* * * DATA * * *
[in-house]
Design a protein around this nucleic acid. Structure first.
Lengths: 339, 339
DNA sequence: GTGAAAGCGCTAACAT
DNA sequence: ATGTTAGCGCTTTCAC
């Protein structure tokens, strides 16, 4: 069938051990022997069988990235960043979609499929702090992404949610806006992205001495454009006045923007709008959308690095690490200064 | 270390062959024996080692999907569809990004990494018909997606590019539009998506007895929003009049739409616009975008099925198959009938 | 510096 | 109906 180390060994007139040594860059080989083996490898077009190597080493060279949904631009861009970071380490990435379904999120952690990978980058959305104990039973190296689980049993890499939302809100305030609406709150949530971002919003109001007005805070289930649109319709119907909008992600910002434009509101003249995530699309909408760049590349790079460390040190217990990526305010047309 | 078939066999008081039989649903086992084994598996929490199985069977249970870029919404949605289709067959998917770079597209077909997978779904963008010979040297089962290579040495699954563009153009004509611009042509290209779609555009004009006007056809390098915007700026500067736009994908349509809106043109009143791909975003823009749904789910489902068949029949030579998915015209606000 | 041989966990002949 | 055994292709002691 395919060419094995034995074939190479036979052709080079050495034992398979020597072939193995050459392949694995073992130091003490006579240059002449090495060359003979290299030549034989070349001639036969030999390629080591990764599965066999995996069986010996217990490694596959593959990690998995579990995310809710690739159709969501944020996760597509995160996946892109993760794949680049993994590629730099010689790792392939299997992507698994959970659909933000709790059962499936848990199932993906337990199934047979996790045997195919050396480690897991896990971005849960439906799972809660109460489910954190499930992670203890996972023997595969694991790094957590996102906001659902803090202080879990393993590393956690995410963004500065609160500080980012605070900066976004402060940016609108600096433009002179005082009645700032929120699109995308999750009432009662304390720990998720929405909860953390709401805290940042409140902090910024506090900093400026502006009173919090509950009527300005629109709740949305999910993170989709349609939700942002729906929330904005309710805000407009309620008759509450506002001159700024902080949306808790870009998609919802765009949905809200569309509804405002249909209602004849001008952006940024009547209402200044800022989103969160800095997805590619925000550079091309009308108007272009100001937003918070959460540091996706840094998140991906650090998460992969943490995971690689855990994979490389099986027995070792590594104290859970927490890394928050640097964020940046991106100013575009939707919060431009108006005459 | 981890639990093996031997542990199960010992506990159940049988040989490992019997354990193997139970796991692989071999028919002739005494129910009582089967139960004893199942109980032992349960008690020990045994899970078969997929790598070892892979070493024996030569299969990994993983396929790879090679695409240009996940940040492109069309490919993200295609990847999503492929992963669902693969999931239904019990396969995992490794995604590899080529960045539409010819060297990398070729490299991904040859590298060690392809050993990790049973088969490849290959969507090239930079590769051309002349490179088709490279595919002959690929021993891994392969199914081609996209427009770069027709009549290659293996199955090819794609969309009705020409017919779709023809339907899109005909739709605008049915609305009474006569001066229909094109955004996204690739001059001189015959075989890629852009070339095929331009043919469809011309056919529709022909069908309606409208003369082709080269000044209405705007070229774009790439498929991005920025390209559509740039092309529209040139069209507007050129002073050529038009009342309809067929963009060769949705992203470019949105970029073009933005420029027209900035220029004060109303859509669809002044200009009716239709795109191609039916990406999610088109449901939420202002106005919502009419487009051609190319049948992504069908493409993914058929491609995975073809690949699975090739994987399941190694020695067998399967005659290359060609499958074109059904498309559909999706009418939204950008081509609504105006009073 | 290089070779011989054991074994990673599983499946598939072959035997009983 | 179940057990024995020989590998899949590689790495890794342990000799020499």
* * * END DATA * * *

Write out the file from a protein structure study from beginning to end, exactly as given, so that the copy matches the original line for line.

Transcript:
[in-house]
Design a protein around this nucleic acid. Structure first.
Lengths: 339, 339
DNA sequence: GTGAAAGCGCTAACAT
DNA sequence: ATGTTAGCGCTTTCAC
């Protein structure tokens, strides 16, 4: 069938051990022997069988990235960043979609499929702090992404949610806006992205001495454009006045923007709008959308690095690490200064 | 270390062959024996080692999907569809990004990494018909997606590019539009998506007895929003009049739409616009975008099925198959009938 | 510096 | 109906 180390060994007139040594860059080989083996490898077009190597080493060279949904631009861009970071380490990435379904999120952690990978980058959305104990039973190296689980049993890499939302809100305030609406709150949530971002919003109001007005805070289930649109319709119907909008992600910002434009509101003249995530699309909408760049590349790079460390040190217990990526305010047309 | 078939066999008081039989649903086992084994598996929490199985069977249970870029919404949605289709067959998917770079597209077909997978779904963008010979040297089962290579040495699954563009153009004509611009042509290209779609555009004009006007056809390098915007700026500067736009994908349509809106043109009143791909975003823009749904789910489902068949029949030579998915015209606000 | 041989966990002949 | 055994292709002691 395919060419094995034995074939190479036979052709080079050495034992398979020597072939193995050459392949694995073992130091003490006579240059002449090495060359003979290299030549034989070349001639036969030999390629080591990764599965066999995996069986010996217990490694596959593959990690998995579990995310809710690739159709969501944020996760597509995160996946892109993760794949680049993994590629730099010689790792392939299997992507698994959970659909933000709790059962499936848990199932993906337990199934047979996790045997195919050396480690897991896990971005849960439906799972809660109460489910954190499930992670203890996972023997595969694991790094957590996102906001659902803090202080879990393993590393956690995410963004500065609160500080980012605070900066976004402060940016609108600096433009002179005082009645700032929120699109995308999750009432009662304390720990998720929405909860953390709401805290940042409140902090910024506090900093400026502006009173919090509950009527300005629109709740949305999910993170989709349609939700942002729906929330904005309710805000407009309620008759509450506002001159700024902080949306808790870009998609919802765009949905809200569309509804405002249909209602004849001008952006940024009547209402200044800022989103969160800095997805590619925000550079091309009308108007272009100001937003918070959460540091996706840094998140991906650090998460992969943490995971690689855990994979490389099986027995070792590594104290859970927490890394928050640097964020940046991106100013575009939707919060431009108006005459 | 981890639990093996031997542990199960010992506990159940049988040989490992019997354990193997139970796991692989071999028919002739005494129910009582089967139960004893199942109980032992349960008690020990045994899970078969997929790598070892892979070493024996030569299969990994993983396929790879090679695409240009996940940040492109069309490919993200295609990847999503492929992963669902693969999931239904019990396969995992490794995604590899080529960045539409010819060297990398070729490299991904040859590298060690392809050993990790049973088969490849290959969507090239930079590769051309002349490179088709490279595919002959690929021993891994392969199914081609996209427009770069027709009549290659293996199955090819794609969309009705020409017919779709023809339907899109005909739709605008049915609305009474006569001066229909094109955004996204690739001059001189015959075989890629852009070339095929331009043919469809011309056919529709022909069908309606409208003369082709080269000044209405705007070229774009790439498929991005920025390209559509740039092309529209040139069209507007050129002073050529038009009342309809067929963009060769949705992203470019949105970029073009933005420029027209900035220029004060109303859509669809002044200009009716239709795109191609039916990406999610088109449901939420202002106005919502009419487009051609190319049948992504069908493409993914058929491609995975073809690949699975090739994987399941190694020695067998399967005659290359060609499958074109059904498309559909999706009418939204950008081509609504105006009073 | 290089070779011989054991074994990673599983499946598939072959035997009983 | 179940057990024995020989590998899949590689790495890794342990000799020499």